Protect your child’s back teeth (molars) from cavities with sealants. Molar sealants are clear, protective coatings applied by your child’s dentist. They are quick and painless. This is not the same as fluoride treatment, which is a gel or varnish applied to all teeth.

Molar sealants are provided in your child’s dental plan and can protect your child’s back teeth for several years.


Wisdom teeth are your child’s last permanent teeth to grow in. They usually come in between ages 17 and 21. To help keep teeth clean and strong, make sure your teen gets regular dental checkups every six months. Talk to your teen about important ways to prevent cavities, like brushing, flossing, and avoiding sugary foods and drinks.


As we get older, taking care of our health continues to be important. Good oral health can prevent tooth loss and lessen the impact of diabetes, cardiovascular disease, and even respiratory illnesses. If you have any concerns about your teeth, schedule an appointment to see your dentist right away.

Your mouth changes as you age, but there is plenty you can do to keep it in great shape. Brush and floss your teeth twice a day. Do not smoke or chew tobacco, which stains your teeth, gives you bad breath, and can cause cancer. Use your dental benefits through CDPHP to see a dentist every six months for regular checkups and cleanings.


No matter your age, you can keep your gums and teeth healthy, strong, and pain-free. As an older adult, you are prone to gum disease and other oral health problems, but by brushing twice a day, flossing daily, and seeing your dentist regularly, you can lower your risk.

It is important to work closely with your dentist to keep your teeth healthy.

Services your dentist may provide

A crown is a tooth-shaped cover placed over a repaired tooth or a lost portion of its structure. A crown may also be called a “cap.”
Dentures are a removable set of teeth that can make it easier to eat and speak. There are two main types of dentures: full and partial. Your dentist will help you choose the type of denture best for you.
Denture relines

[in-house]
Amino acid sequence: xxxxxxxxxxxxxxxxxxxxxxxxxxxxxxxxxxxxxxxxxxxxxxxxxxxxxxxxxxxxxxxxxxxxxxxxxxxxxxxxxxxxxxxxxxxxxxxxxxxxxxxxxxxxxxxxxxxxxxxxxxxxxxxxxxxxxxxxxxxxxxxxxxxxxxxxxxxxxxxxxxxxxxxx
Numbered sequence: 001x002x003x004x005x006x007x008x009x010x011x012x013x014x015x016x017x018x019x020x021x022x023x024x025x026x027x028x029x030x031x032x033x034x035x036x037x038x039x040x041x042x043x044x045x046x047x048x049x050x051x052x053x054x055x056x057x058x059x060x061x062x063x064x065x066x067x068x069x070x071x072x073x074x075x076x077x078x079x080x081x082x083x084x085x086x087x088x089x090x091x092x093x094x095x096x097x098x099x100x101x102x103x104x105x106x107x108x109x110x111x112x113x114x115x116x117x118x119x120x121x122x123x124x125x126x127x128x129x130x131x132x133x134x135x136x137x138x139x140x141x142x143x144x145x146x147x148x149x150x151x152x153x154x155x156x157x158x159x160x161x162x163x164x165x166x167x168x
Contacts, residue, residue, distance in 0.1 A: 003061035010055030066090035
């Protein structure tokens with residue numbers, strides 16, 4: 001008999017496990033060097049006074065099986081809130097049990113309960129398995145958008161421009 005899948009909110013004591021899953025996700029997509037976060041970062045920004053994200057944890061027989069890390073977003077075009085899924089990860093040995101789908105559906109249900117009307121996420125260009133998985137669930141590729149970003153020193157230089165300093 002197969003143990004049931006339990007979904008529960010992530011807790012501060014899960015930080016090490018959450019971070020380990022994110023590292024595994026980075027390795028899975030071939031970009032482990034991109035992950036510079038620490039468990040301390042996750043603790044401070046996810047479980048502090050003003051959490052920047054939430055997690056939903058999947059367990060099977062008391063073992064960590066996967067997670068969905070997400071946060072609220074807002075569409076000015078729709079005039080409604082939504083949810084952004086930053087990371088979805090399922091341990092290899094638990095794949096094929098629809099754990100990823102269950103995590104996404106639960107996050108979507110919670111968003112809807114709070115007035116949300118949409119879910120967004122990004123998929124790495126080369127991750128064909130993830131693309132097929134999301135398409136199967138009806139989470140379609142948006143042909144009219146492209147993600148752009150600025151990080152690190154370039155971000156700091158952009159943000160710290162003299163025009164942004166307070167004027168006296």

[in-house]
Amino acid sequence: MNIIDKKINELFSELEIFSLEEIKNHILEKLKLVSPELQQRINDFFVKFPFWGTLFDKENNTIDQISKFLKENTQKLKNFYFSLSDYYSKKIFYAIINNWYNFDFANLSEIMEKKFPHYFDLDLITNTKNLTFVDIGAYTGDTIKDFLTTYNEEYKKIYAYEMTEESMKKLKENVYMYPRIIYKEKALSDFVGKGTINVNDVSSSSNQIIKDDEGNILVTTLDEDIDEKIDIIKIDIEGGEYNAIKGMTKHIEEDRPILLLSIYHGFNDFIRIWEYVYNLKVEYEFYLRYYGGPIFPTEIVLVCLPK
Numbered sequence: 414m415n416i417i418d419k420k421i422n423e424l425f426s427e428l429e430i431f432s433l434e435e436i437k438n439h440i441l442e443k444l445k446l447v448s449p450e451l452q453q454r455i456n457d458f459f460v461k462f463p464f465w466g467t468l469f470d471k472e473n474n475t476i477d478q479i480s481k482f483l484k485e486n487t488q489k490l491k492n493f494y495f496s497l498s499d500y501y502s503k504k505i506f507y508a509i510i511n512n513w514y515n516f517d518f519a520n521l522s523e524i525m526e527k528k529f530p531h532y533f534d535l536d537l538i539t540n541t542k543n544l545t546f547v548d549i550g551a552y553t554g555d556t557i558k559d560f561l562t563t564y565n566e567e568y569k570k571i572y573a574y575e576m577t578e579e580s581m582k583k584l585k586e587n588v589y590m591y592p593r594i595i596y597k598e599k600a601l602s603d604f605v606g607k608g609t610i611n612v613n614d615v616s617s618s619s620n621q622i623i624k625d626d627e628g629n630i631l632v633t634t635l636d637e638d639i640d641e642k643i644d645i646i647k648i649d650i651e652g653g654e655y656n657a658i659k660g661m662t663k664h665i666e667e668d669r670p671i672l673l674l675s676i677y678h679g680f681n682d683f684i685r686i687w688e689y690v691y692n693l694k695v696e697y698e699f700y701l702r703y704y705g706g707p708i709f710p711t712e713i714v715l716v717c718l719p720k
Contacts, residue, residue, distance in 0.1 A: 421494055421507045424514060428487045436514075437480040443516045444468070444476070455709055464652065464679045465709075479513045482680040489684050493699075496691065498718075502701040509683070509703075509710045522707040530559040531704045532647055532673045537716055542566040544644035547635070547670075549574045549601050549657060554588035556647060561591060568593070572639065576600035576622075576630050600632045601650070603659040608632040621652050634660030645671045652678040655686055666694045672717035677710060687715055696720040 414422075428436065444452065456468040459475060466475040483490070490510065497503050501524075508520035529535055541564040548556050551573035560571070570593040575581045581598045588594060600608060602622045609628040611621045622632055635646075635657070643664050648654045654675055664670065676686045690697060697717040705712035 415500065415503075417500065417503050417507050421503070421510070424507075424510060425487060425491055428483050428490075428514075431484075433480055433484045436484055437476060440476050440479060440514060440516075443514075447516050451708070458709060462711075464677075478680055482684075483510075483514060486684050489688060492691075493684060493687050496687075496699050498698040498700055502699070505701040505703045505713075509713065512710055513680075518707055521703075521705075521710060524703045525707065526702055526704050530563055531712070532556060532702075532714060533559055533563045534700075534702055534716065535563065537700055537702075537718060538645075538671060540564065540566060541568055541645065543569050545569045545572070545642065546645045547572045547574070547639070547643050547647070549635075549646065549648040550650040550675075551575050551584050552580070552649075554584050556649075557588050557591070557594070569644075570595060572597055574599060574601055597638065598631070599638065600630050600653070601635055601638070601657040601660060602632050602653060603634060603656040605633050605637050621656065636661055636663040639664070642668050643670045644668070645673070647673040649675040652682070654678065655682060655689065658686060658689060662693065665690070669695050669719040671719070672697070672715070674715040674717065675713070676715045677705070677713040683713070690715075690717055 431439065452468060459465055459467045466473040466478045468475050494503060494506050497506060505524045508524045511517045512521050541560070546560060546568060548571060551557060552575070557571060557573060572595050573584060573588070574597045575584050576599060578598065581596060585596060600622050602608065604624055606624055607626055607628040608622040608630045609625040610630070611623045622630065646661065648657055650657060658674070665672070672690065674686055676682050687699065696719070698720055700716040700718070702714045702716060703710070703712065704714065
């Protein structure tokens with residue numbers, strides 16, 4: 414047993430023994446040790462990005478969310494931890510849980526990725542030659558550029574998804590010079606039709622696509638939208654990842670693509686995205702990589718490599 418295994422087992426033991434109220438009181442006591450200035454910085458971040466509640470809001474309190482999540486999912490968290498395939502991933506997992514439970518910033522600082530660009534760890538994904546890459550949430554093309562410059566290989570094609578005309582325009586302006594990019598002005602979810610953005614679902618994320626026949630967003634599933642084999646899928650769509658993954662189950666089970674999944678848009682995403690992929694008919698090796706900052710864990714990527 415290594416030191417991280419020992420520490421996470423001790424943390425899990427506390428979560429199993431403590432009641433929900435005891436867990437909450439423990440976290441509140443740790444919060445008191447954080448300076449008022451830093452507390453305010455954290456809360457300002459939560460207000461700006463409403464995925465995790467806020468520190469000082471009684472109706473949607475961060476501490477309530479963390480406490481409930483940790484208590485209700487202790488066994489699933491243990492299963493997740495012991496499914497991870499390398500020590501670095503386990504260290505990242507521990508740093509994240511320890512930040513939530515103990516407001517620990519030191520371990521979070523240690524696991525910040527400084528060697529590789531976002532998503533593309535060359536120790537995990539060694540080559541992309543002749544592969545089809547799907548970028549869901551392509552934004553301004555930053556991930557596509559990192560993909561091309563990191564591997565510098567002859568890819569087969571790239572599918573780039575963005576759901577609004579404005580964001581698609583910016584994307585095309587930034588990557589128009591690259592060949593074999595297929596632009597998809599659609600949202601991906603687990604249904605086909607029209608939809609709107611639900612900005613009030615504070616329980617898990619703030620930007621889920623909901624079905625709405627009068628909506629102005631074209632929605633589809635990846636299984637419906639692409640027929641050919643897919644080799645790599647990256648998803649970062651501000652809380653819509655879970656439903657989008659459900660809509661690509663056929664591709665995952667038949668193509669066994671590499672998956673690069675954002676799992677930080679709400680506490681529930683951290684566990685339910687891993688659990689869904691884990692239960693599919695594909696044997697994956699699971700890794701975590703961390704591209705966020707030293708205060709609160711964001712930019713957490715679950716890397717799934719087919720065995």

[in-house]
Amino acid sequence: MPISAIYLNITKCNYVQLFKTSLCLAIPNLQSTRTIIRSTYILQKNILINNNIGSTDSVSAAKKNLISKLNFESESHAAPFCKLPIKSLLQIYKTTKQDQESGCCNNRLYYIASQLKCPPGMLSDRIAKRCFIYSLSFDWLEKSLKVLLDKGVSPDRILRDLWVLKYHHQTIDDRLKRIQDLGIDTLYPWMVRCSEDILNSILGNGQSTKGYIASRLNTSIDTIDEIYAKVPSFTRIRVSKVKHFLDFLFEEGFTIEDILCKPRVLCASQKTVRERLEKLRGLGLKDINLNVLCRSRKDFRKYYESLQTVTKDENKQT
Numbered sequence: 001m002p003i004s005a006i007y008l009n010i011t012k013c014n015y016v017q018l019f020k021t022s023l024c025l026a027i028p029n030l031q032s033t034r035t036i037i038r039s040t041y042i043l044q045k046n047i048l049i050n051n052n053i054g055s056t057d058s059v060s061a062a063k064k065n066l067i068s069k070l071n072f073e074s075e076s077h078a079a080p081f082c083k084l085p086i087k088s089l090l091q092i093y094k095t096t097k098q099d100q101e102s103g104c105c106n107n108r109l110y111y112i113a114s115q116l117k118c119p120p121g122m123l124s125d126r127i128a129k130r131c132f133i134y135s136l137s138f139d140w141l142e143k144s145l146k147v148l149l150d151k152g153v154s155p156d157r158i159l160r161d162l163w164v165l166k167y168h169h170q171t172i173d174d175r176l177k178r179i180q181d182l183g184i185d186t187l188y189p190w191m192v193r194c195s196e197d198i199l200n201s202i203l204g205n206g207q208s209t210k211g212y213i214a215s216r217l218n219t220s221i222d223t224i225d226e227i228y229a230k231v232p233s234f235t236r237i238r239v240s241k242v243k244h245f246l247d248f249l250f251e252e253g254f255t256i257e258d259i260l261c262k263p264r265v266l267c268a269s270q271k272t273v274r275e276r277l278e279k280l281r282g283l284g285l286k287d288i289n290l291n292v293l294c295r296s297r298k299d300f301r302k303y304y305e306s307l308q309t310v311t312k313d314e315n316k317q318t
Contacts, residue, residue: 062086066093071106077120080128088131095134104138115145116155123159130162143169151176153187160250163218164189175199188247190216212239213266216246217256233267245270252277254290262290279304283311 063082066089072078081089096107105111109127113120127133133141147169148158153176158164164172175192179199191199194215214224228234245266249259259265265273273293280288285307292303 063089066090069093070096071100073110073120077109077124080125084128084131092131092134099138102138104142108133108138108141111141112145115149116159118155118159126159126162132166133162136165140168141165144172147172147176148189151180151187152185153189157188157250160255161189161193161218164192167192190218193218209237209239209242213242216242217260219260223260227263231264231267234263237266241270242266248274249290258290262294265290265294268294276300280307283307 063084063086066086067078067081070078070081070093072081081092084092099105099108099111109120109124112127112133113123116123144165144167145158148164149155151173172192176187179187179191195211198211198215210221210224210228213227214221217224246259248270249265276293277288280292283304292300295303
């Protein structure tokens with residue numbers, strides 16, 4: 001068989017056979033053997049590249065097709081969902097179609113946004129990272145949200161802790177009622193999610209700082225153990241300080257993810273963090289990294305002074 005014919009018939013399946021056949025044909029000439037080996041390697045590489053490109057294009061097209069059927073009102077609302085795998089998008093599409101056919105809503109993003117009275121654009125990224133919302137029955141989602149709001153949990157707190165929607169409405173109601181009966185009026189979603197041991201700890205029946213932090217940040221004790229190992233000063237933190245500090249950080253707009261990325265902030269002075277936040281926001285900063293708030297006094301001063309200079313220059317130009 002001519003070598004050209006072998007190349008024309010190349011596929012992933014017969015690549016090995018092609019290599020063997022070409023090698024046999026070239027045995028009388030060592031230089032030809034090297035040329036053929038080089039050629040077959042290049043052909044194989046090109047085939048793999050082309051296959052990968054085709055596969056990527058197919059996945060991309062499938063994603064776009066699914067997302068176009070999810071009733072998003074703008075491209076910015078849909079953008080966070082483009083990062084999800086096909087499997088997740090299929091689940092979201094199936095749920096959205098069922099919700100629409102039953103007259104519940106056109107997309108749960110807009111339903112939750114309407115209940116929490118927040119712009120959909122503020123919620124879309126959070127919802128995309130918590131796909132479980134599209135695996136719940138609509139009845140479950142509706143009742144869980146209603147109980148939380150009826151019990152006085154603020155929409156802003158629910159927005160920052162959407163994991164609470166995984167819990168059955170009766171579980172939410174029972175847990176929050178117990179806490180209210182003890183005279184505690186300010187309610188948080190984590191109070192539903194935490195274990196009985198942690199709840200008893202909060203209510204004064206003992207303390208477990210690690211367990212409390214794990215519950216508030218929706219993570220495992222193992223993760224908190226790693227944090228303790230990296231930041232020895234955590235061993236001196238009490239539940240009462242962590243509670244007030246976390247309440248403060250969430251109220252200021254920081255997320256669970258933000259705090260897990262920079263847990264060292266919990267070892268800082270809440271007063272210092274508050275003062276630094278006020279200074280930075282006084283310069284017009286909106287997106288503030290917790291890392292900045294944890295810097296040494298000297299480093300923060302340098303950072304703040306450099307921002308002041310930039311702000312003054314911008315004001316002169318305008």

Relining is a type of denture repair. New dentures are made specifically for your mouth. As time goes by, your gum and bone structure may change, and dentures become loose and start to move inside your mouth. Having your denture relined keeps the denture secure.
A filling helps restore a decayed or damaged tooth. The dentist will first remove the decay and clean the area and then fill the cleaned-out cavity with a filling material.
Fluoride treatment
Minerals are lost when acids, caused by bacteria, start to dissolve a tooth’s enamel (the hard, outer layer of your teeth). Fluoride treatments re-deposit minerals back onto a tooth’s surface to strengthen the tooth and protect against tooth decay. Fluoride treatment can be topical (applied directly to your teeth) or systemic (digestible).
Fluoride varnish
Fluoride varnish is a pale-yellow gel that has a pleasant taste and fruity smell and is put on a child’s teeth using a soft brush to help protect against tooth decay.
Molar sealants
Sealants are liquid coatings painted on the chewing surface of teeth to prevent tooth decay. They harden into the grooves of your teeth, forming a shield over each tooth.
Root canal
Root canal treatment removes the infected tissue inside a tooth. The tooth is then filled. Root canals are used to repair and save your tooth instead of pulling it.
Scaling and root planing
Scaling and root planing removes plaque and tartar below your gums. This is a common treatment for gum disease.
Teeth cleaning
Your dentist or a hygienist cleans your teeth with tools specially made to remove plaque and tartar, and then polishes and flosses your teeth.
Tooth removal
If a tooth is broken or damaged by decay, your dentist will try to fix it with a filling, crown, or other treatment. Sometimes, though, there’s too much damage for the tooth to be repaired. In this case, the tooth needs to be pulled.
An X-ray is a common imaging test used to help your dentist see your entire tooth, including the root below the gums. X-rays help your dentist diagnose tooth and gum conditions.